Child Benefit is a universal benefit; every family with a child under 16 (20 if the child is in approved education or training) is entitled to receive it. However, since 2013, Child Benefit has been clawed back from certain higher rate taxpayers by means of a tax charge. This tax charge applies where the higher earner in the family has an annual income of over £50,000. When that person’s income exceeds £60,000, all the family’s child benefit is clawed back as income tax.
However, in the current tax year to 5 April 2022, parents who pay income tax at a maximum rate of 20% may also be liable to repay some of their child benefit as tax, as the 40% tax rate applies only to income above £50,270. Where you are the higher earner in your family and your annual income is over £50,000, you need to declare the amount of child benefit your family receives
on your annual tax return. If you don’t normally complete a tax return, contact HMRC to register for self-assessment.
We can help you with this.
It may be possible to avoid the child benefit tax charge by equalising the income levels of both earners in the family. This is possible if both taxpayers run a business together, but not so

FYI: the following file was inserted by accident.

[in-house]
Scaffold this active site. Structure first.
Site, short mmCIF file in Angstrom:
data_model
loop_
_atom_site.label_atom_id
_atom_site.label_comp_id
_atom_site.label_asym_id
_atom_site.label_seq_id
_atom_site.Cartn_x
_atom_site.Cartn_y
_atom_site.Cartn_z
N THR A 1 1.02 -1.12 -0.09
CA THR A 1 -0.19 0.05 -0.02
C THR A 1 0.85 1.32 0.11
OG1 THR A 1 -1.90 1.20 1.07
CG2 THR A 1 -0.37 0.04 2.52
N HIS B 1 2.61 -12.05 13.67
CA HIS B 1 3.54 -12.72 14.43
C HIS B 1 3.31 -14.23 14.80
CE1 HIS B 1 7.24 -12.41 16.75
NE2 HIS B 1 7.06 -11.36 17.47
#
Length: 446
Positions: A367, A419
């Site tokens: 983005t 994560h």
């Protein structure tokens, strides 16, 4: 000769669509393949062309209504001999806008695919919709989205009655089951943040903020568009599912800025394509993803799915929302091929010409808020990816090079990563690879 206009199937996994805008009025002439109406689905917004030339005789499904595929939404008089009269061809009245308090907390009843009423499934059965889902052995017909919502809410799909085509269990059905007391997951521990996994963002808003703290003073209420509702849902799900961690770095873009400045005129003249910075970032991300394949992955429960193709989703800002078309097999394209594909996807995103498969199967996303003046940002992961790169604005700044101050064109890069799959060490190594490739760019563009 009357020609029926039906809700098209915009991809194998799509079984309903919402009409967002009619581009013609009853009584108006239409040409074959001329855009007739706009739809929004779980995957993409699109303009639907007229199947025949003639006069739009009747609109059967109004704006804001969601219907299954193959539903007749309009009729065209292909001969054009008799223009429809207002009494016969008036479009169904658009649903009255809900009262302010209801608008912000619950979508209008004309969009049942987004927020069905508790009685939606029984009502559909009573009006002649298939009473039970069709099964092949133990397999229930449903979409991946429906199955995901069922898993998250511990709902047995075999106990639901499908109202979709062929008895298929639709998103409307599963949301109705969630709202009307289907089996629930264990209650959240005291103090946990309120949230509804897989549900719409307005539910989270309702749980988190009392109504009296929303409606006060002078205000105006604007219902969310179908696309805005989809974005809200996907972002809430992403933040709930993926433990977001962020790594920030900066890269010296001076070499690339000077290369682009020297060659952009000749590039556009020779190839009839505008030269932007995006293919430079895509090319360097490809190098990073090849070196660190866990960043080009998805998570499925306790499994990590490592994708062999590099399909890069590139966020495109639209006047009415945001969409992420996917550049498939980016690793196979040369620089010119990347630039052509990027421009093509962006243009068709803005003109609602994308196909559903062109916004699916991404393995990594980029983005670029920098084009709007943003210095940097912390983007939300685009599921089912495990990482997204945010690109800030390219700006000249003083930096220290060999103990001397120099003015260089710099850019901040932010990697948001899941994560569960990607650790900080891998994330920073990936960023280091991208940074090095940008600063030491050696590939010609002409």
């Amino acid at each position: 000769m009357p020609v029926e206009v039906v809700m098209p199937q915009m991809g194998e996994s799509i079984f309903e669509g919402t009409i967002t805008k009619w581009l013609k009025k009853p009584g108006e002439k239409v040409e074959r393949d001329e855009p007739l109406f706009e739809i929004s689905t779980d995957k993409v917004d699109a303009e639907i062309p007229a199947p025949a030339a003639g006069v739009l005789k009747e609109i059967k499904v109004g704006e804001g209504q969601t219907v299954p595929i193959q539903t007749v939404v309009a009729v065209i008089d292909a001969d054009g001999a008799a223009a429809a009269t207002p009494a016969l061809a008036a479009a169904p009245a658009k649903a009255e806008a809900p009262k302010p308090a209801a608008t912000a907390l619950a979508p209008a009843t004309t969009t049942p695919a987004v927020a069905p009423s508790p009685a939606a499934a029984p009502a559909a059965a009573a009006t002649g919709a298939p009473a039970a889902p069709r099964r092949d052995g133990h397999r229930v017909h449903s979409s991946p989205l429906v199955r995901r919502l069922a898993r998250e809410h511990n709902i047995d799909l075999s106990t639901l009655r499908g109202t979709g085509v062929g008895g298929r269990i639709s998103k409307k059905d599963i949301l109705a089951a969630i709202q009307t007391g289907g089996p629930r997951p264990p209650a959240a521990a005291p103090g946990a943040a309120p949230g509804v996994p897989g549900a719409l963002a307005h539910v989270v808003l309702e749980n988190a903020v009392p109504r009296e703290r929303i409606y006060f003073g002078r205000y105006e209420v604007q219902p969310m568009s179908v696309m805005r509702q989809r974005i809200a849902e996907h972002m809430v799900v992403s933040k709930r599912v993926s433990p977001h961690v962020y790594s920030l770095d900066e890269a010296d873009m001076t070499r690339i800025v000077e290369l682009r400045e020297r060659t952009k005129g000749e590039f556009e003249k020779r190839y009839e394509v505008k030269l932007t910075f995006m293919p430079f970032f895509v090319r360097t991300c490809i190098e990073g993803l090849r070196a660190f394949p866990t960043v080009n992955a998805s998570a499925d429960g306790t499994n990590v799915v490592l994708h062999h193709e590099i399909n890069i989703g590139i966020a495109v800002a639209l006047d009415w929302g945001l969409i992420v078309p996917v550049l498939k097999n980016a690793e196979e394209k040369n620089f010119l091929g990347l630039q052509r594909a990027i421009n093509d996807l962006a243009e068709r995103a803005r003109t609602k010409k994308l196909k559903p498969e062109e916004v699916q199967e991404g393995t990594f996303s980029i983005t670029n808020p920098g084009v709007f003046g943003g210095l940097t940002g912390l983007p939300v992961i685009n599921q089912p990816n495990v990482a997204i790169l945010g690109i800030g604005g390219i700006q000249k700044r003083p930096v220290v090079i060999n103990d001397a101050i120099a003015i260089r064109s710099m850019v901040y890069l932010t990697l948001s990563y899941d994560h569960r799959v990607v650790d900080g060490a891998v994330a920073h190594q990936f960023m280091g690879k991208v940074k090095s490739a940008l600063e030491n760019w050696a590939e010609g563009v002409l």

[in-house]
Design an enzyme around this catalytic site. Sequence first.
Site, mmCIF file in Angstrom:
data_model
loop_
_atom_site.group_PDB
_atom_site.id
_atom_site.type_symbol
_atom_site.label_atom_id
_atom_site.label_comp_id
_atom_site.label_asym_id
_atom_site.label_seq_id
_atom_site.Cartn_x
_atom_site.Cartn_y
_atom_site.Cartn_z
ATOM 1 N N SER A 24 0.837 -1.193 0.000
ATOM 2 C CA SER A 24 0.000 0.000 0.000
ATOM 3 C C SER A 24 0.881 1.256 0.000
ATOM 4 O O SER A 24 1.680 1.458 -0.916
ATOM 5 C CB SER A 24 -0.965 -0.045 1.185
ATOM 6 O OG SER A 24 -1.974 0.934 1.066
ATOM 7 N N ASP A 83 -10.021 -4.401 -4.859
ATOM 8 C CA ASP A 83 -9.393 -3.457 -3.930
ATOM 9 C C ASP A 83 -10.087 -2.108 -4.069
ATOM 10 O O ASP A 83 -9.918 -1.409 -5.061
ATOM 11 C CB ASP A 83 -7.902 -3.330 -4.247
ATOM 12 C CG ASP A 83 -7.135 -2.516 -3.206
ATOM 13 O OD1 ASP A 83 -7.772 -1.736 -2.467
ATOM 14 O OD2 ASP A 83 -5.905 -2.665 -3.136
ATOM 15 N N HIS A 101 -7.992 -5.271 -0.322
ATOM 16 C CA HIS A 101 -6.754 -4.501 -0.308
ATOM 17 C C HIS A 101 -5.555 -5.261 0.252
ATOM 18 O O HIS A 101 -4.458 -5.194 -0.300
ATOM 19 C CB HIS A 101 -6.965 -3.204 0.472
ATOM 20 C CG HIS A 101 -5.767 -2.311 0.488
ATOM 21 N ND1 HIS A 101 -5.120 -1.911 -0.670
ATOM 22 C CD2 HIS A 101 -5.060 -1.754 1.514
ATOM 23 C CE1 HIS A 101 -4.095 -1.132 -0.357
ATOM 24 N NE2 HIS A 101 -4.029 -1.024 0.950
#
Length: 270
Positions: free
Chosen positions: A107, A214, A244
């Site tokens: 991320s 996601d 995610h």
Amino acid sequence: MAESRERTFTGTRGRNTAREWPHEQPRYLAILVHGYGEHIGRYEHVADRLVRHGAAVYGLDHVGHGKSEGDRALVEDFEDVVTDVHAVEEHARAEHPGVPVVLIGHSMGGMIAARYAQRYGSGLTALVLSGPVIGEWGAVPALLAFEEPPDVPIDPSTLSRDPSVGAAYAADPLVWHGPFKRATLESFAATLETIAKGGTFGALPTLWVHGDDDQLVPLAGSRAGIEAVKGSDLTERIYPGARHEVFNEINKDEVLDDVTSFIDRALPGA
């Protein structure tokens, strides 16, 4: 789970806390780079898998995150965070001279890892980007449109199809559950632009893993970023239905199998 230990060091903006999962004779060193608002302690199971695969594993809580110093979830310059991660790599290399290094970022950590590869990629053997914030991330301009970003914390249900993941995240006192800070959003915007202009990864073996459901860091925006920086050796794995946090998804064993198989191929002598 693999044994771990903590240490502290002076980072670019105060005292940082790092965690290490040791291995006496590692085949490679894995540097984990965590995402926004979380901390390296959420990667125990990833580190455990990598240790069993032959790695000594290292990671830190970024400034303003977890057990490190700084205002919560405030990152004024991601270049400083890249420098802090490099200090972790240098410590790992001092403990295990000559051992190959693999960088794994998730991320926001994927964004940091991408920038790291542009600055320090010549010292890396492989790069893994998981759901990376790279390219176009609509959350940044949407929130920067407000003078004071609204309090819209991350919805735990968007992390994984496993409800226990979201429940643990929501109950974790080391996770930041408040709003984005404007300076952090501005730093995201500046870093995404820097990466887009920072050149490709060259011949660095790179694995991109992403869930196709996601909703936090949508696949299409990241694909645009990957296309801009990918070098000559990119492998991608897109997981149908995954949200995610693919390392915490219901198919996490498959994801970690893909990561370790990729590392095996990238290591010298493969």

easy when both are employed by third parties. Another strategy is to reduce your relevant income below the £50,000 threshold by using tax relief provided by Gift Aid donations or personal pension contributions.
It is important to claim Child Benefit, as the claim triggers the issuance of a National Insurance number for the child and can provide National Insurance credits for the claimant parent while they are not working.
If you are a high earner, you can continue the Child Benefit claim, but opt out of receiving payment of the benefit, to avoid having to deal with the tax charge. This opt-out can be reversed at any time should your income drop below £50,000.
We can help you deal with all matters related to child benefit, including the possible tax charge that claiming it may trigger.